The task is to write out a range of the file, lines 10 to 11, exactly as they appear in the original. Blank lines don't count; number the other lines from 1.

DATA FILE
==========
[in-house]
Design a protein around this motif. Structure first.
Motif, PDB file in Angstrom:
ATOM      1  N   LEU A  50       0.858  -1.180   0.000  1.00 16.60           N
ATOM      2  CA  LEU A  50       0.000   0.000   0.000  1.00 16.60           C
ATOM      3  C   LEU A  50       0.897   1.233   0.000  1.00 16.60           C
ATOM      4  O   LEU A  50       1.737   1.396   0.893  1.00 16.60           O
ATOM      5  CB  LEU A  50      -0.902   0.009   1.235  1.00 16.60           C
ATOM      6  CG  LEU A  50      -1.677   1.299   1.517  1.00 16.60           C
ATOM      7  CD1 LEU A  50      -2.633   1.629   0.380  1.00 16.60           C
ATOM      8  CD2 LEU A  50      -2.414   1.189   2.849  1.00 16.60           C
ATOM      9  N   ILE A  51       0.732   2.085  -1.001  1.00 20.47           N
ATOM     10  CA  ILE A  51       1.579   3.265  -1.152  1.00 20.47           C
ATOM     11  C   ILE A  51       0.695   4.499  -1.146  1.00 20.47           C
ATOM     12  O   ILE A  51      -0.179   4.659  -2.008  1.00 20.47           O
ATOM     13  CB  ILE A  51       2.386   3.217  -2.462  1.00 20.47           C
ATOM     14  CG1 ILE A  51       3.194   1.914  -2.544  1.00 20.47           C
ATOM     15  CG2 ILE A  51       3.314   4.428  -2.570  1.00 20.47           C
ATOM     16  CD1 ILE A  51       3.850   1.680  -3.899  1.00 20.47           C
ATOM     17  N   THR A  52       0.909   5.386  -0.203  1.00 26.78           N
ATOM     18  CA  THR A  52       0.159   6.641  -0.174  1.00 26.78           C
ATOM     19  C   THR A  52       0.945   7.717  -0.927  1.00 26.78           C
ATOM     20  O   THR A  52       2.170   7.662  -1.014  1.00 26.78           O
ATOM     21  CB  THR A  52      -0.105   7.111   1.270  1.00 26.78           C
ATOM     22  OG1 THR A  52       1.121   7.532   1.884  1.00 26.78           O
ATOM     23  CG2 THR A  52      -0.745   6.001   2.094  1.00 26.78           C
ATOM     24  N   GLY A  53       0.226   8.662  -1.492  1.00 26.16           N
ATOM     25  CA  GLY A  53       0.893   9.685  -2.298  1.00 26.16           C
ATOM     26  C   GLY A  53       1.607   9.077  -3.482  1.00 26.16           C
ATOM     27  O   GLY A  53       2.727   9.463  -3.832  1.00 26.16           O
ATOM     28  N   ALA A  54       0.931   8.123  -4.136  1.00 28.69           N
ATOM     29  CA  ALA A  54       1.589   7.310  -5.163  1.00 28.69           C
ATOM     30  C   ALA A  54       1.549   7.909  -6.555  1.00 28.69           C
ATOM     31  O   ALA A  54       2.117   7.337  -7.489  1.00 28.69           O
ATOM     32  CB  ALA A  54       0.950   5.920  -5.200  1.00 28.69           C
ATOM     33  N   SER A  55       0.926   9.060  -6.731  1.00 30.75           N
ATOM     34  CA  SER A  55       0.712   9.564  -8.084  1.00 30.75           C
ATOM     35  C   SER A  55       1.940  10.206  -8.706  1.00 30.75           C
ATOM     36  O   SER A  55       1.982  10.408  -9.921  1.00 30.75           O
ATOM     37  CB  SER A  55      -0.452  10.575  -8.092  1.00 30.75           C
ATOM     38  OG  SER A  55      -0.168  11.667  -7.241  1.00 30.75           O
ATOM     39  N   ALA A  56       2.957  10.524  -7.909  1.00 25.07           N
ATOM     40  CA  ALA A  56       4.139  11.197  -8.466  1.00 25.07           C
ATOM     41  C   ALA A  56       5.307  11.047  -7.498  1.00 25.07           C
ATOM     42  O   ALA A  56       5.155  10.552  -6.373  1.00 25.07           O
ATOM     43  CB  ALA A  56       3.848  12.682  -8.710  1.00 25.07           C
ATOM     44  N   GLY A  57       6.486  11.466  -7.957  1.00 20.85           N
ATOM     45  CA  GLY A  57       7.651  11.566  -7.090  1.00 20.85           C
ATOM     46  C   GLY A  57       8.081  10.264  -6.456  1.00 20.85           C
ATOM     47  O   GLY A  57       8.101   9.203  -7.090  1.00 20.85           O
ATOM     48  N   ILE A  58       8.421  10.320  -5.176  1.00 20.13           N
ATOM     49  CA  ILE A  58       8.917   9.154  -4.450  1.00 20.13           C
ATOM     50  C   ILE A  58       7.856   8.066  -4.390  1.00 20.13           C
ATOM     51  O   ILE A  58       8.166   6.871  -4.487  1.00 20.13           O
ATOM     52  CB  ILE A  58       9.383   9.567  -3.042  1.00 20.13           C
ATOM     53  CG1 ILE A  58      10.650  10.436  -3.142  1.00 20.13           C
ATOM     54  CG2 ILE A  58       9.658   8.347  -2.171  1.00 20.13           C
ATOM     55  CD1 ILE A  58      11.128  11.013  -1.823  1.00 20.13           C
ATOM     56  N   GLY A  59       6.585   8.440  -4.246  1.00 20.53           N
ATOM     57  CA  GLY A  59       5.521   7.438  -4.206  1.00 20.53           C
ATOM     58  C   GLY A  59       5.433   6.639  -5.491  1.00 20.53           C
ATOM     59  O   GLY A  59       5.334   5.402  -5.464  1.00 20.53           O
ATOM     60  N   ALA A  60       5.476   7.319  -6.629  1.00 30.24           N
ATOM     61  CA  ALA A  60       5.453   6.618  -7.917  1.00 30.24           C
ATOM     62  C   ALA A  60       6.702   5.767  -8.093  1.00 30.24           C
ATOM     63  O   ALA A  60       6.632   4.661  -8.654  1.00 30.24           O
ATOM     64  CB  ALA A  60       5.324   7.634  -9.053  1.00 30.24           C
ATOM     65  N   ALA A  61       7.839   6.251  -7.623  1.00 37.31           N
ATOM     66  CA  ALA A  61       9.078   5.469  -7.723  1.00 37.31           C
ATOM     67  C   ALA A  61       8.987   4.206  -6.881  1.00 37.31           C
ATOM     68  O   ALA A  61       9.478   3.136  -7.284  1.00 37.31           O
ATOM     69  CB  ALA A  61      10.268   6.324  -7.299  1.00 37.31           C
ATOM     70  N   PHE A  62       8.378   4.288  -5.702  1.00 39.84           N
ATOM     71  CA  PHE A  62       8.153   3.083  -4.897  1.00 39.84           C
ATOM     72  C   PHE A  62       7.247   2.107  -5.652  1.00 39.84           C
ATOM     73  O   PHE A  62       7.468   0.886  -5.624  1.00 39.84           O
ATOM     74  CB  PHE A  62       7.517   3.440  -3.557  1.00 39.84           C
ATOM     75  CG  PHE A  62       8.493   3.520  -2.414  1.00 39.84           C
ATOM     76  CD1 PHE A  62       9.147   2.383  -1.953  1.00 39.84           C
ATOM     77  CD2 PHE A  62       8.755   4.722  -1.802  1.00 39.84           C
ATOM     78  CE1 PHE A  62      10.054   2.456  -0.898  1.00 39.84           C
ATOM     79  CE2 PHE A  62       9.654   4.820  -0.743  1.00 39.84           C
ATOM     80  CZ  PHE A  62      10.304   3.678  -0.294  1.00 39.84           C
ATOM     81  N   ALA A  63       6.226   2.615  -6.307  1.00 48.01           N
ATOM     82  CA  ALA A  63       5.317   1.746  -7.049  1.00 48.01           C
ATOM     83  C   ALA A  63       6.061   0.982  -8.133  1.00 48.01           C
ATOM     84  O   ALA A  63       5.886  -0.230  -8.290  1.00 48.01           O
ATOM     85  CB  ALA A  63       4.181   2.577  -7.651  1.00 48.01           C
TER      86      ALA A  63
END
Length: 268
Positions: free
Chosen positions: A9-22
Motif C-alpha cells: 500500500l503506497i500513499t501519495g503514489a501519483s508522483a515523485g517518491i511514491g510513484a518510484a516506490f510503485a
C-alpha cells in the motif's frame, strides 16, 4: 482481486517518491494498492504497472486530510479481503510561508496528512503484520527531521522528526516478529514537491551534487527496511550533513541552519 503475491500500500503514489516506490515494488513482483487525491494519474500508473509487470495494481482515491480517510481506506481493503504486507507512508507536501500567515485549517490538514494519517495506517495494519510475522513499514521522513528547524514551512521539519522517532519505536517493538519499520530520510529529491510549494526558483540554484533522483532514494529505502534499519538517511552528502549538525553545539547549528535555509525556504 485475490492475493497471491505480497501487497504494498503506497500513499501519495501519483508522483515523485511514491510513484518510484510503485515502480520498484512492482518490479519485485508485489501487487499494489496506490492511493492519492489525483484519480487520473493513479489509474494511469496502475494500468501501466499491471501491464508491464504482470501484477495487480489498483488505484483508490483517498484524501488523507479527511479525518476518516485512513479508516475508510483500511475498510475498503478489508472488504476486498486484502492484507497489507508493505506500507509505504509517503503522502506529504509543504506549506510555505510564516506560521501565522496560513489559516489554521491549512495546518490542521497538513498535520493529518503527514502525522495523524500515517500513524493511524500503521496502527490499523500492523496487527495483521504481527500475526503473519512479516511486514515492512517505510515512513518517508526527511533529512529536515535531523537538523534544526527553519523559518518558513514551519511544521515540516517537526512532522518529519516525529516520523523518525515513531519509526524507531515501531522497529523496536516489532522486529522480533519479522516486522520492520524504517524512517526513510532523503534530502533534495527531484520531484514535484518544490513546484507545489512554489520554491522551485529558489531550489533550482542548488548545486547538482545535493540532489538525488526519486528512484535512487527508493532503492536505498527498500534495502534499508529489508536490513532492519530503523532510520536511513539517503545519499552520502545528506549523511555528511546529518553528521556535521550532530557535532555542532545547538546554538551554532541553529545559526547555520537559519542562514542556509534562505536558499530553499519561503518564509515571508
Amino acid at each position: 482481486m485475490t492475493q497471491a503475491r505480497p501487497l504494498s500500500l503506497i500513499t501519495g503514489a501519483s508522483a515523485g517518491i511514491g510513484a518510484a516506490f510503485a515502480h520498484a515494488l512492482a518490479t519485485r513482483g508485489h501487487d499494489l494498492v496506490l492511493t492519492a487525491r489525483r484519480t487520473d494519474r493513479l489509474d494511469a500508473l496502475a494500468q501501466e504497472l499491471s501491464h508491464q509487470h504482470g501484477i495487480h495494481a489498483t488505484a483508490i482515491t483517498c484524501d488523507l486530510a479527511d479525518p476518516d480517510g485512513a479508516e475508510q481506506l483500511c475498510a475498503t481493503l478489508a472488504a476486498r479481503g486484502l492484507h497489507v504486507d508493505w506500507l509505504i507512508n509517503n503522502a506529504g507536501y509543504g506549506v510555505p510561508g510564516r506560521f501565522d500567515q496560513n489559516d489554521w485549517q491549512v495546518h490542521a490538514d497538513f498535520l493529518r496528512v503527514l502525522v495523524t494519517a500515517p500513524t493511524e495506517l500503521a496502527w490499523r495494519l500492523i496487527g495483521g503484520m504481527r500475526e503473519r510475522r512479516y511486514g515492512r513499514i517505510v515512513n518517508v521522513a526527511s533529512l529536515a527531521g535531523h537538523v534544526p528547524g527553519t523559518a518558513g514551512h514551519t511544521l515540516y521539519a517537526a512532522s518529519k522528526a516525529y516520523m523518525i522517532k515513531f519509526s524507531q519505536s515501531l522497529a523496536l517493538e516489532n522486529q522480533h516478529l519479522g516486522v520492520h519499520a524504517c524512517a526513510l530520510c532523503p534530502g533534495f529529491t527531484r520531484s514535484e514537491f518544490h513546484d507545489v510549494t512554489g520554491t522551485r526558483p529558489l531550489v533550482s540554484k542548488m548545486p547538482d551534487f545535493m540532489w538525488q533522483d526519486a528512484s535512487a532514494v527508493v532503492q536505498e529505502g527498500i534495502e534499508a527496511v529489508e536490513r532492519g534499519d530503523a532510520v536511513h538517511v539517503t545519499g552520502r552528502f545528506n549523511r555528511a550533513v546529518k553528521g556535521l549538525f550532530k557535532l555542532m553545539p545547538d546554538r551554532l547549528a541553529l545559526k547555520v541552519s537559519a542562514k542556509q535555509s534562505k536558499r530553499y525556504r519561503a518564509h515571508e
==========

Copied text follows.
ATOM      7  CD1 LEU A  50      -2.633   1.629   0.380  1.00 16.60           C
ATOM      8  CD2 LEU A  50      -2.414   1.189   2.849  1.00 16.60           C